Advocate for a Child Care System that Works

We Need a Child Care System that Works for PA

Raise Your Voice! 

Let our state legislators know that cutting funding to the state child care system is unacceptable.

Legislators are in Harrisburg the week of 5/22 and in their home districts the week of Memorial Day. Take the opportunity to ask to speak with her/him or their legislative staff (Policy or Legislative Director).

Ask them to commit to restoring the cut and supporting a $35 million increase, and try to get a clear answer. (Let us know how it went by contacting Shawn Towey (PCCY)  at 215-805-8997 or Pamela Haines (DVAEYC)   at 215-893-0130 ext 228.)


After the Governor’s budget proposed a modest $35 million increase for child care (most of which addresses new federal requirements and last year’s $20 million cut), the PA House passed a budget that CUT $28 million from this year’s level, and it is now up to the Senate to restore the cut and allot MORE resources, not LESS.

Every single state legislator in PA needs to hear from us that cutting child care funding is unacceptable. Whether you are a parent, provider, or an advocate for your community, you can remind our them that child care funding not only keeps our children safe, learning, and thriving, but also our keeps our families, communities, and businesses working. High quality child care is also the foundation for Pre-K.

Calling your legislators has the most impact.

Here are some other actions that will get noticed:

  1. Sending a personal letter on your organization’s letterhead
  2. Sending a personal letter as a staffer or parent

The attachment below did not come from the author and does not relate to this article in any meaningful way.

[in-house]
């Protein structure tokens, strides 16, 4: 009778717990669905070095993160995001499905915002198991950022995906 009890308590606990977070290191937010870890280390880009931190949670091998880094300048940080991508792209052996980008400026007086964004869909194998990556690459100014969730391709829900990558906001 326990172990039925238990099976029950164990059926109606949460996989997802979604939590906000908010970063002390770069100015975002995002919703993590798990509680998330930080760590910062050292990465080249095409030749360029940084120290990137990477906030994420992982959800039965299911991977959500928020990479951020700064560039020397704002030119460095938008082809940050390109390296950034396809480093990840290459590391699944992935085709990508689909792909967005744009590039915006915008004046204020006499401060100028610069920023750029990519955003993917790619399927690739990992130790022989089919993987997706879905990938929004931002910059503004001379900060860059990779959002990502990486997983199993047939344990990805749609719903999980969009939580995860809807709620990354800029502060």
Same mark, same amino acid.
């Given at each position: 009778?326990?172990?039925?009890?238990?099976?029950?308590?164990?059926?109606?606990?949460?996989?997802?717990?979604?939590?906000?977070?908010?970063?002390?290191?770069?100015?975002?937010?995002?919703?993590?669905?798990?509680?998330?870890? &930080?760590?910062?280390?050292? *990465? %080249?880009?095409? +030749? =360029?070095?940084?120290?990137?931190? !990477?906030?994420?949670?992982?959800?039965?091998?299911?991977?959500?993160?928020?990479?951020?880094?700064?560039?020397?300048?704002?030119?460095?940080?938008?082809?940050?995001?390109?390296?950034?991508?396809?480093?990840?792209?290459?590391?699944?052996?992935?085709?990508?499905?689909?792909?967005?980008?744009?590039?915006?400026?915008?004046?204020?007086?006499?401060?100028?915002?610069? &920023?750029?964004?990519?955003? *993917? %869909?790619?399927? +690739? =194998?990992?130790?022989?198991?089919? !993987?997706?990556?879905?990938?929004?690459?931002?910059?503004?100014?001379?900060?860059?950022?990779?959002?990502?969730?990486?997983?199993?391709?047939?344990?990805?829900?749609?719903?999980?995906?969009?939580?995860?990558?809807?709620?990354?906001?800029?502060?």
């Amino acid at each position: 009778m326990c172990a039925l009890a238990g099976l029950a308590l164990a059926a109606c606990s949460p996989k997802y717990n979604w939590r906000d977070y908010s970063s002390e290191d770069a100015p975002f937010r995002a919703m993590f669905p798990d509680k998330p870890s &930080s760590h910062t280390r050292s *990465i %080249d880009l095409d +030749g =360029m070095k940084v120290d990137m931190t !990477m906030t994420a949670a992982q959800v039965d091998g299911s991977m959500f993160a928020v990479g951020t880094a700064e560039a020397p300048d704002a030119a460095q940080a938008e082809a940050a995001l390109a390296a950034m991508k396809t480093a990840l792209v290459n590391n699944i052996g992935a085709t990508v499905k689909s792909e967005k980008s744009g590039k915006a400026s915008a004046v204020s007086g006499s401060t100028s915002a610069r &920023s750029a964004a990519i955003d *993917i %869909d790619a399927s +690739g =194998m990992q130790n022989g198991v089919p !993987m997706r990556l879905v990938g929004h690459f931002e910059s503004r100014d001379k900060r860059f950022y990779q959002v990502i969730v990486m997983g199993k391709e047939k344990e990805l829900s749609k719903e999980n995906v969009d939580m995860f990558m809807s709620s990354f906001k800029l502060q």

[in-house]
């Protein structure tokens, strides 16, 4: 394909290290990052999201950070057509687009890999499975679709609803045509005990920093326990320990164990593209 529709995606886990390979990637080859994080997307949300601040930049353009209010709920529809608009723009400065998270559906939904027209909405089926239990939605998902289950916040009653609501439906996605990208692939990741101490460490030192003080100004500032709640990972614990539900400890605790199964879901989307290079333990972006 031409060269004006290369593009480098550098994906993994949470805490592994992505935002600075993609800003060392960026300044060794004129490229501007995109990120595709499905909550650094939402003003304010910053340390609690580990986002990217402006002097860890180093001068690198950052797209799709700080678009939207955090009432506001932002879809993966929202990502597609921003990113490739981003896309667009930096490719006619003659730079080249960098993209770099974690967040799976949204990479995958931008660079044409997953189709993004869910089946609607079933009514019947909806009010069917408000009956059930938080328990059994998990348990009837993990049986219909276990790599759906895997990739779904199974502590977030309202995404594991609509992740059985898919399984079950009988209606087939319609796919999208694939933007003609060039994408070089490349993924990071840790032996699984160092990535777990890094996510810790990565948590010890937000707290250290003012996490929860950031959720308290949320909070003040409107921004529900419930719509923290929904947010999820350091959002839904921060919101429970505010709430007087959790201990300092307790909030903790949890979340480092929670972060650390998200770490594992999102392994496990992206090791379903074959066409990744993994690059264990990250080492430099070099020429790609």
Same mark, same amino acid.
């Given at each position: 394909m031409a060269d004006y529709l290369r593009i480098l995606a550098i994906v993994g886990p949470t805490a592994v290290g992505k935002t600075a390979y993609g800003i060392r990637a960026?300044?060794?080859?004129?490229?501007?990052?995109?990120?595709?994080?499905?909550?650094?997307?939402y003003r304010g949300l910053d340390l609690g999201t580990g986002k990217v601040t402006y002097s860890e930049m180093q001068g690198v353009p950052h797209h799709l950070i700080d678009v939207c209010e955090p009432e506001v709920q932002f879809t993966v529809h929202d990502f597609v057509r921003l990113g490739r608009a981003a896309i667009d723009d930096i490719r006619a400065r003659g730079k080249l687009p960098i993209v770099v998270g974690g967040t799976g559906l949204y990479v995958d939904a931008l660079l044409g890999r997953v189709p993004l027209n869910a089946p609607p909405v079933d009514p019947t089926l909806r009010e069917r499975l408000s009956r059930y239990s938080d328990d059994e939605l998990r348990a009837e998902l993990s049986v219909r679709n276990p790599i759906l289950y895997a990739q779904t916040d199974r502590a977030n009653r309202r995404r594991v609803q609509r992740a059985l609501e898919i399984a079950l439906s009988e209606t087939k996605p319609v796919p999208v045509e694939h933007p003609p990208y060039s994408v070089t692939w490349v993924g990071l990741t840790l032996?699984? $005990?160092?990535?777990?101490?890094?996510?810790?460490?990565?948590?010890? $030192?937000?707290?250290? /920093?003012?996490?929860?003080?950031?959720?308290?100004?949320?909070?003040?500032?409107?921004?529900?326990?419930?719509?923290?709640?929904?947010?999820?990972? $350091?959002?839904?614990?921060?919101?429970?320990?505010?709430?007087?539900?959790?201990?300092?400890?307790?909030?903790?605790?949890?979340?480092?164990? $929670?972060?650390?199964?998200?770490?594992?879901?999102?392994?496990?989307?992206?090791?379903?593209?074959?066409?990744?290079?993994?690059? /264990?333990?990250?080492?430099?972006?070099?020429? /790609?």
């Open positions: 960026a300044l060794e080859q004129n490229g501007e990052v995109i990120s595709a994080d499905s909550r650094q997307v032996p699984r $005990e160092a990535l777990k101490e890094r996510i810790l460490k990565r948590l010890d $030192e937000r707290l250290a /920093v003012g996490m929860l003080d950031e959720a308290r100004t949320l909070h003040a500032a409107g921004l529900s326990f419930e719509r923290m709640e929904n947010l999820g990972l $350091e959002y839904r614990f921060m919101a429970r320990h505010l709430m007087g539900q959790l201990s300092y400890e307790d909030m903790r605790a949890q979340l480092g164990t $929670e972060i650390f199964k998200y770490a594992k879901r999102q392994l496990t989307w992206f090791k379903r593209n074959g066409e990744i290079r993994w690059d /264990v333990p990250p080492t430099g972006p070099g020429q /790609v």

3. If your center is near the legislator’s office, walk the children over for a visit and note how much the children have learned in your care (call first)
  4. Ask for a meeting so you can explain the problem in detail. Put together a team, including parents, to go with you.

To find your legislators and their contact information, click here.


The child care system in Pennsylvania is severely underfunded. Further cuts will deepen the crisis, affecting working families and the small businesses that provide services to them.

  • Child care providers haven’t received an increase in their base rates from the state in 10 years, yet many continue to provide high quality care and education for all children in their care, at an average wage of $9.42/hour.
  • Underfunding affects every program, whether they are reaching for higher quality or are trying to maintain their current level under Keystone STARS.
  • Nearly 14,000 children are currently on a waiting list for services; they are eligible but not enough funds are available to serve them. These waiting lists are breaking records in the 5-county area. In Delaware County and parts of Philadelphia, children have been waiting for more than a year.

If your legislator suggests that money can be saved through greater efficiencies in the child care system, he or she lacks accurate information.  Child Care Information Service (CCIS) agencies contract with the Commonwealth through a competitive bid process to determine eligibility, which includes:

  • documenting parent income and work or training hours;
  • validating provider rates and enforcing state rules;
  • making payment to providers and tracking critical payment issues such as attendance to maximize funds; and
  • providing parent counseling to help families choose — not only on the basis of convenience, but on the level of quality and reliability, so they can meet the work demands of their employment.
  • Data show that all these costs average only about 9% of child care funding.
  • A redesigned, centralized system simply cannot be rushed by July 1; a thoughtful and efficient new system requires a year to develop.